5A.5 Enabling an Operational, Coupled Modelling and Observing System to Assess Water Quality in the Lake George, New York Watershed

Tuesday, 14 January 2020: 11:30 AM
252A (Boston Convention and Exhibition Center)
Lloyd Treinish, IBM Thomas J. Watson Research Center, Yorktown Heights, NY; and C. D. Watson, G. Auger, E. Dow, M. Tewari, M. Henderson, A. Praino, M. R. Kelly, V. W. Moriarty, J. Ma, M. Passow, A. C. N. Junior, A. B. Buoro, and H. Kolar

Lake George is located in the Adirondack State Park region of upstate New York, about 350 km north of New York City. It is a glacial, oligotrophic water body and is unique among freshwater lakes because of its ecology, geographic orientation, historical importance, and tourism-driven economic impact. Further, this narrow, dimictic lake (51.5km long with an average width of 2.1km, surface area of 117 km2, volume of 2.28 km3, maximum depth of 57m and average depth of 21m) of unusually high clarity has been experiencing ecological changes in recent years with the influx of invasive species and increasing levels of salt (NaCl) from road de-icing agents and the accompanying deterioration of water quality. These changes have been observed through longitudinal studies in the region over the last few decades.

We are studying these changes under the auspices of The Jefferson Project at Lake George, a collaborative effort between IBM Research, Rensselaer Polytechnic Institute and The FUND for Lake George. A core component of this project is the coupled system we developed to both observe and physically model the atmospheric, hydrological, hydrodynamic and ecological aspects of the lake and the surrounding region, which is now running operationally. This system includes a real-time, multi-modal observing system composed of in-situ sensors for atmospheric, stream and lake measurement that supports adaptive sampling driven by forecasted conditions from the models. There are over 50 platforms supporting over 500 sensors in the watershed. These data, as appropriate, are used for model verification, and to improve model initial conditions via data assimilation. Another goal for the coupled system is to drive ecological models that explain the interaction of flora and fauna in the lake as a food web. In addition, the coupled physical models drive geometric modelling to enable fixed and interactive visualizations of the watershed. To support both the modelling and the observing systems, there is an underlying cyberinfrastructure that includes a high-performance computing cluster and storage system, and data acquisition hardware and software. To enable data sharing and software reuse, community data models have been adopted for the data generated by this coupled system. As such, this capability is a testbed for addressing related issues in other lake watersheds, estuaries and similar ecosystems.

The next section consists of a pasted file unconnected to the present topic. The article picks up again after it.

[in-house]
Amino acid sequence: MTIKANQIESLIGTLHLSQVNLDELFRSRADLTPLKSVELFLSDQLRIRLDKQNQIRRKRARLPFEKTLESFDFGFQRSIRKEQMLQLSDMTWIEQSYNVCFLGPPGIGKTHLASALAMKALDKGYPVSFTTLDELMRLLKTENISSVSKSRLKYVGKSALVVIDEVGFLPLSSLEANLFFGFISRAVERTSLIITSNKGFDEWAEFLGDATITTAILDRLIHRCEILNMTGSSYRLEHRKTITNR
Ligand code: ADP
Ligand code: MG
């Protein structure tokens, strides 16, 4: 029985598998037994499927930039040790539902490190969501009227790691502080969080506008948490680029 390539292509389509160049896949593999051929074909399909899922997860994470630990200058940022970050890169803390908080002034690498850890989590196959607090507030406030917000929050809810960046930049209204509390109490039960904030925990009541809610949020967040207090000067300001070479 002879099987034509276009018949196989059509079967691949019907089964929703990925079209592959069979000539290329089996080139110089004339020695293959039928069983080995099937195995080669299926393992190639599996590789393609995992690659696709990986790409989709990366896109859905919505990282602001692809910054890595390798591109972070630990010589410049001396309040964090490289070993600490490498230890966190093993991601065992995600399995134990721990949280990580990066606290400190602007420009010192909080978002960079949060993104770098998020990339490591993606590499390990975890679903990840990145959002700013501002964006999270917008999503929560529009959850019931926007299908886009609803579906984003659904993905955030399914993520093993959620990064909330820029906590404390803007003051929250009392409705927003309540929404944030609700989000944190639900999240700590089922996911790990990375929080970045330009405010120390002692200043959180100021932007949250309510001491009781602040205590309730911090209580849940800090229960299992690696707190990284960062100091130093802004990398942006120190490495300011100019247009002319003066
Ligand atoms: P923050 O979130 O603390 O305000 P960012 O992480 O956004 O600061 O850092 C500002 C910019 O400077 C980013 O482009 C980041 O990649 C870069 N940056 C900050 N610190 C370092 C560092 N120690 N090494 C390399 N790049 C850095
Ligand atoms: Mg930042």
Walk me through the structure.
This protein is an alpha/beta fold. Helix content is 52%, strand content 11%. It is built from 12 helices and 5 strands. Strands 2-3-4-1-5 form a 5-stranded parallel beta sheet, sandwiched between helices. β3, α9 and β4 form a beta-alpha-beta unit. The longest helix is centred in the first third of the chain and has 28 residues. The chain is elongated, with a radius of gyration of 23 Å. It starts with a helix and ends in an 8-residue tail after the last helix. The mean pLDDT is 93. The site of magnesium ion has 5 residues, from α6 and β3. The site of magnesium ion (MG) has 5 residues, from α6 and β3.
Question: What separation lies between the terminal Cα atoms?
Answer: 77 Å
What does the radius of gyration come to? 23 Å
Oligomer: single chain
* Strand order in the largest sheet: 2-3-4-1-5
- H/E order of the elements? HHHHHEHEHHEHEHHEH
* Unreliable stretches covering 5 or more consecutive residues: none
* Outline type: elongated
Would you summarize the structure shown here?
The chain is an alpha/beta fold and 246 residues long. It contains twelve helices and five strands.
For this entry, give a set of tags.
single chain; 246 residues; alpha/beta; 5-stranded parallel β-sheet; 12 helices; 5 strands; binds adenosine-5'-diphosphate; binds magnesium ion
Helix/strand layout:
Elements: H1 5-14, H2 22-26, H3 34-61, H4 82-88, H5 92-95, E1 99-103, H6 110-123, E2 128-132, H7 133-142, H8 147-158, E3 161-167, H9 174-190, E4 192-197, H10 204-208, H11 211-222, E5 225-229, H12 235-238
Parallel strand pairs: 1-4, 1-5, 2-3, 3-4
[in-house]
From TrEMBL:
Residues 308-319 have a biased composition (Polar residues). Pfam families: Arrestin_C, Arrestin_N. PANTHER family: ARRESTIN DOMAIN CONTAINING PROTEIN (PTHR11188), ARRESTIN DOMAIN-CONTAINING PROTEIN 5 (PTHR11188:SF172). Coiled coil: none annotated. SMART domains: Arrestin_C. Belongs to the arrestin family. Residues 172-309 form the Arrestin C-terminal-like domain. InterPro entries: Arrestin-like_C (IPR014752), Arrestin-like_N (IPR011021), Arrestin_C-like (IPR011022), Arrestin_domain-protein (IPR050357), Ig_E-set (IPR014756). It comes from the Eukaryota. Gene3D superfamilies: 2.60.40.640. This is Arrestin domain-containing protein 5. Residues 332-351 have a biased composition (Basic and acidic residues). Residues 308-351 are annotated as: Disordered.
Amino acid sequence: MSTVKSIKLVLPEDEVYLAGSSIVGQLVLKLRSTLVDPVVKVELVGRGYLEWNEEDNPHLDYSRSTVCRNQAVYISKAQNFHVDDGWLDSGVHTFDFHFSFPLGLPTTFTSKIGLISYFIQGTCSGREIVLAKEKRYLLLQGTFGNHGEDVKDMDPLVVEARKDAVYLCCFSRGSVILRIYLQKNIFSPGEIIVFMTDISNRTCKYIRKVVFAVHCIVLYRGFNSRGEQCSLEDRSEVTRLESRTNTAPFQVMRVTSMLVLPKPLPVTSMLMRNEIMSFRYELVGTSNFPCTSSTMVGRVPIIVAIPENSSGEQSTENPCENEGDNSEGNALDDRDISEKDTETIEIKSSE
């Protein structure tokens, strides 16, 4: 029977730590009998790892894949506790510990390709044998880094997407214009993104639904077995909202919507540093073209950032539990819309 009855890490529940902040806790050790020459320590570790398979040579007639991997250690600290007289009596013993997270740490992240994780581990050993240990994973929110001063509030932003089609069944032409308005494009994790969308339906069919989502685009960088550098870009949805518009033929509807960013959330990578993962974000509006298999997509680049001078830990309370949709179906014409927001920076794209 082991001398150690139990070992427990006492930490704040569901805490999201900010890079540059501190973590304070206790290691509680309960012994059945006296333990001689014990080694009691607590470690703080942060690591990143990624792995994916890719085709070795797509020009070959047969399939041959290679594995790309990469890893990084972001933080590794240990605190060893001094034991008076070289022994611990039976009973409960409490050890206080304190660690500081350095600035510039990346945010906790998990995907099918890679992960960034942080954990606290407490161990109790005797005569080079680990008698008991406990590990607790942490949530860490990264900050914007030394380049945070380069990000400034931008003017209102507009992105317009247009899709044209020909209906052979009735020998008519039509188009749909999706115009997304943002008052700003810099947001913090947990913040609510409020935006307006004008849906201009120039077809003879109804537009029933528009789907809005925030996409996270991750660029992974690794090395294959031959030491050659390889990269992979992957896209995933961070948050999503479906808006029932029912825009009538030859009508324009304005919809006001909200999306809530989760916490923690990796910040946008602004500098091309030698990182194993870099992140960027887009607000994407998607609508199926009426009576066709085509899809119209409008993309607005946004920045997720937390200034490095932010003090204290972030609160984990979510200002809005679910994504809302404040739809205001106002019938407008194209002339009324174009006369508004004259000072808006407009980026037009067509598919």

Atmospheric forcing is considered for both lake circulation and runoff models, the latter of which hydrologically forces the lake. To address the former, we build upon the on-going work with IBM Deep ThunderTM. It is based, in part, on the Advanced Research Weather (ARW) dynamical core of the Weather Research and Forecasting (WRF) community model. It is run operationally daily (initialized at 00 UTC) nested to 333m horizontal resolution for 36 hours for the watershed with high vertical resolution in the lower boundary layer. It operates in the very large eddy (VLES) regime with no boundary-layer parameterization.

For the runoff, a two-dimensional hydrological model has been implemented operationally using the community WRF-Hydro model, coined “Deep Runoff.” For its daily update, it is driven operationally by the 333m-resolution weather model and employs gridded stream routing at 41m resolution. The model has been extended for the transport of dissolved salt, originating from road surfaces. One of the applications is to consider potential nutrient loading in the lake driven from storm water runoff.

For the lake circulation, we build upon the on-going work with IBM DeepCurrent, which is now based, in part, upon the community, Stanford Unstructured Nonhydrostatic Terrain following Adaptive Navier-Stokes Simulator (SUNTANS), a three-dimensional, hydrodynamic model. It has been deployed with variable horizontal resolution from ~27m (near coastlines) to ~70m (in open water) and vertical variable resolution from 0.5 to 1.5m. Operationally, it is driven by the aforementioned meteorological and hydrological models to produce a 36-hour forecast, once per day.

In order to better understand the movement of biota in the lake, particle tracking and ecological models have been implemented, which are driven by the output of SUNTANS. The particle tracking is implemented as an interactive post-process leveraging the simulated velocity fields. A simple ecological model has been developed and deployed operationally that considers nutrients, phytoplankton, zooplankton, small and large detritus, and oxygen. It uses the aforementioned hydrodynamic and meteorological forcings to consider of phytoplankton and zooplankton. Phytoplankton is represented via a proxy, chlorophyll-a.

We will present an overview of each of these models and the observing system along with the results to date, including the model coupling and computing infrastructure required for operations. We will also discuss the automation for the coupled execution, including monitoring, visualization and validation. In addition, we will outline recommendations for future work.

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